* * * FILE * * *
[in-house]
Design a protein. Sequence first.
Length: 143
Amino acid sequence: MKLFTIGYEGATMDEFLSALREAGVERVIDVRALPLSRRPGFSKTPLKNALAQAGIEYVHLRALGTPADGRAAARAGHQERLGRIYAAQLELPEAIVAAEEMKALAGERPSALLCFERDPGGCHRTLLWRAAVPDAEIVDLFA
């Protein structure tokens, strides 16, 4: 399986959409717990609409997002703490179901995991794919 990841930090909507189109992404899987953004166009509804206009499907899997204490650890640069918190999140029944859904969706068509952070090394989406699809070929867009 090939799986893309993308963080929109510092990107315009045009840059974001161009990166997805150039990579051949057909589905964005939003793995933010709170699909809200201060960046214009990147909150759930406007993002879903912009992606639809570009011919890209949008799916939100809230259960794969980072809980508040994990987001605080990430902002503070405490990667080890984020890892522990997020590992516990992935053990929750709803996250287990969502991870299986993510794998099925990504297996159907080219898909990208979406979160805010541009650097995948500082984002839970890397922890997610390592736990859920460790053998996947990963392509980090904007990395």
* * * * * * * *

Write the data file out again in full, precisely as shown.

[in-house]
Design a protein. Sequence first.
Length: 143
Amino acid sequence: MKLFTIGYEGATMDEFLSALREAGVERVIDVRALPLSRRPGFSKTPLKNALAQAGIEYVHLRALGTPADGRAAARAGHQERLGRIYAAQLELPEAIVAAEEMKALAGERPSALLCFERDPGGCHRTLLWRAAVPDAEIVDLFA
């Protein structure tokens, strides 16, 4: 399986959409717990609409997002703490179901995991794919 990841930090909507189109992404899987953004166009509804206009499907899997204490650890640069918190999140029944859904969706068509952070090394989406699809070929867009 090939799986893309993308963080929109510092990107315009045009840059974001161009990166997805150039990579051949057909589905964005939003793995933010709170699909809200201060960046214009990147909150759930406007993002879903912009992606639809570009011919890209949008799916939100809230259960794969980072809980508040994990987001605080990430902002503070405490990667080890984020890892522990997020590992516990992935053990929750709803996250287990969502991870299986993510794998099925990504297996159907080219898909990208979406979160805010541009650097995948500082984002839970890397922890997610390592736990859920460790053998996947990963392509980090904007990395």